The National Bank of Ukraine clarified restrictions on cross-border transactions on Thursday (April 21), hoping to stop crypto purchases in local currencies.
According to its guidance, individuals will be able to buy assets directly converted for cash through quasi-cash transactions, using their own foreign currency. Quasi-cash transactions include purchases of virtual assets and other such things.
In other news, crypto exchange Binance has reportedly recovered some stolen funds linked to March’s Axie Infinity hack, CoinDesk reported Friday (April 22).
The crypto exchange got back around $5.8 million in stolen funds, and Binance founder Changpeng Zhao said the funds were distributed across 86 accounts.
Meanwhile, sanctions on Russia over its war in Ukraine could hurt the crypto sector, which is worth several billions of dollars, according to a Friday CNBC report.
U.S. officials have recently targeted Russian bitcoin mining firm BitRiver as it levels more sanctions on Russia over the war. The sanctions will reportedly cripple BitRiver and various subsidiaries and block them from accessing U.S. crypto exchanges or mining equipment.
In related news, CoinDesk reported Friday that Binance has refuted claims that it helped Russian authorities track donations made to the opposition.
The allegations came from a Reuters investigation, which claims that Binance was building ties with Russian government agencies and provided client data to Russia’s anti-money laundering agency. On its official blog, Binance said that “suggestions that Binance shared any user data … with Russian FSB controlled agencies and Russian regulators are categorically false.”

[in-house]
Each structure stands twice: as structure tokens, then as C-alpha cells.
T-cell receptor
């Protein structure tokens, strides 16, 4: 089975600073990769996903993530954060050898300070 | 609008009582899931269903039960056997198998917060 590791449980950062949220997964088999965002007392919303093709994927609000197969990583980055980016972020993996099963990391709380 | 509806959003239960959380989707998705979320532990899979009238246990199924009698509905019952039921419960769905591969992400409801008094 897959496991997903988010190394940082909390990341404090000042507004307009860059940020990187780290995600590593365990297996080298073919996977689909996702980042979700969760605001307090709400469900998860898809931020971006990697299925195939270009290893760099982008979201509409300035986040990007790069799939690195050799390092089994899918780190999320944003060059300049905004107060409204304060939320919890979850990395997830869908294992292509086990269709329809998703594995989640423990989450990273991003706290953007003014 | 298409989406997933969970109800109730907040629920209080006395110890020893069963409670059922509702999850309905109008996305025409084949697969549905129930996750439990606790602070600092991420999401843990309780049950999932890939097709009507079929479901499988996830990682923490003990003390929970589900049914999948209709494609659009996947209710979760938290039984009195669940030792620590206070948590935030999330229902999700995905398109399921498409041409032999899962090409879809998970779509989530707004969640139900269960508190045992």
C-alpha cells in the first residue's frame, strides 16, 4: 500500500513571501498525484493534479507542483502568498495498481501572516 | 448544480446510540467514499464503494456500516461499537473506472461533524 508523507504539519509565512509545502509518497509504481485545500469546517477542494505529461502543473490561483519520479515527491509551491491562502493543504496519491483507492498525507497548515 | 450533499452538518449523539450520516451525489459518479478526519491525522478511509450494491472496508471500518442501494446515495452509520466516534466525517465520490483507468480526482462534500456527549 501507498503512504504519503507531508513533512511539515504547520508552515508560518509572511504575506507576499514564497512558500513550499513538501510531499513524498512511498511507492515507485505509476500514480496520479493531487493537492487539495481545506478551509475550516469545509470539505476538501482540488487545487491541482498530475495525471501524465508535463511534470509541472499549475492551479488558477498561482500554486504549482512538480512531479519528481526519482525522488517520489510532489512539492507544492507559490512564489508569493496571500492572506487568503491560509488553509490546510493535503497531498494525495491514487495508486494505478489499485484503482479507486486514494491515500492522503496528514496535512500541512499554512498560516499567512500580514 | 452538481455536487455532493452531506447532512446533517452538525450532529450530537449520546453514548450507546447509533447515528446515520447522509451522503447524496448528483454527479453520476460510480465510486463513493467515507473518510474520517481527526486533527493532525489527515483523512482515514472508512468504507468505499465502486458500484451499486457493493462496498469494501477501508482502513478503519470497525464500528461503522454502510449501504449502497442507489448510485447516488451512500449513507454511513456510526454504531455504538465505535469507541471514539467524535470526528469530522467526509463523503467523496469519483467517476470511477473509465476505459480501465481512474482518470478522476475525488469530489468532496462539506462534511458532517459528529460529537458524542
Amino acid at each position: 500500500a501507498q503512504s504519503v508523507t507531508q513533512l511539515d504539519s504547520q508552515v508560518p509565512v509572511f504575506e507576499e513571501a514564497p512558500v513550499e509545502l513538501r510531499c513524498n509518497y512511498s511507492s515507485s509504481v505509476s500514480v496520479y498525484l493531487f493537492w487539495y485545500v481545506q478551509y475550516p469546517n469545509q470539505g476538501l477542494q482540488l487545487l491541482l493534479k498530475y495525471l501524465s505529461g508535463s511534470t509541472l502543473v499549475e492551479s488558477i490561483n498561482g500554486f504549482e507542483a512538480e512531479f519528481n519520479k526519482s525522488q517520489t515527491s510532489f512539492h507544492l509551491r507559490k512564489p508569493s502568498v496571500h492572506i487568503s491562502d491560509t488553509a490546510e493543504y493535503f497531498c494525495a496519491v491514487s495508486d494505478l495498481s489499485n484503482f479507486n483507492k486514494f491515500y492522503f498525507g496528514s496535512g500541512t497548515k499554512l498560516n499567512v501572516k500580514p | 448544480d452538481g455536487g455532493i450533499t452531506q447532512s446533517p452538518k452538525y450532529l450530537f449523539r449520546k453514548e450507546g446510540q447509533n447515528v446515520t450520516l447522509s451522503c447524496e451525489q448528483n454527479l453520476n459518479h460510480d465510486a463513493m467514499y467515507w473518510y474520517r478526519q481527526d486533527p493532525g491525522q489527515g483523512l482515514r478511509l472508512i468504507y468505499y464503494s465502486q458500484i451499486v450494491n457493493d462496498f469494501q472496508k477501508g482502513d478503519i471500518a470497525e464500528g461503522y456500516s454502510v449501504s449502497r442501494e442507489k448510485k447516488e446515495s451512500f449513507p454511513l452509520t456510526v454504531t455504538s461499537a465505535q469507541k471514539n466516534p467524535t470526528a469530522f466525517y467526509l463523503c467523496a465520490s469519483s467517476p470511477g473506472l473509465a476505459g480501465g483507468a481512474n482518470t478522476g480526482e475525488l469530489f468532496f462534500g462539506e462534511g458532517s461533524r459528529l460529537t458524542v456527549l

Furthermore, BitNile Holdings has announced plans to fund up to $100 million in commercial loans for small, publicly traded companies which are secured by bitcoin.
According to a press release, that will happen through BitNile’s subsidiary, Digital Power Lending. BitNile reportedly plans to expand its mining production capacity “significantly” this year.
In other news, Alphaplate, a tech firm working on crypto trading, has been acquired by Britannia Financial Group, the firms announced Thursday.
This acquisition will reportedly let Britannia’s clients access execution, custody and over-the-counter services for the digital assets market.
In other news, U.S. government officials are also sanctioning North Korean crypto wallets, CoinDesk reported Friday.
The Treasury Department’s Office of Foreign Asset Control added three Ethereum addresses to its Sanctions list, adding to an address listed last week that was tied to a theft of $600 million stolen in the Axie Infinity hack.
Finally, Crypto.com has reportedly made a four-year grant to the Digital Currency Initiative (DCI) at the Massachusetts Institute of Technology’s Media Lab, Block Crypto reported Sunday (April 24).
The grant didn’t come with a specified amount and will reportedly go towards research into bitcoin security and open-source development of protocols underlying the network.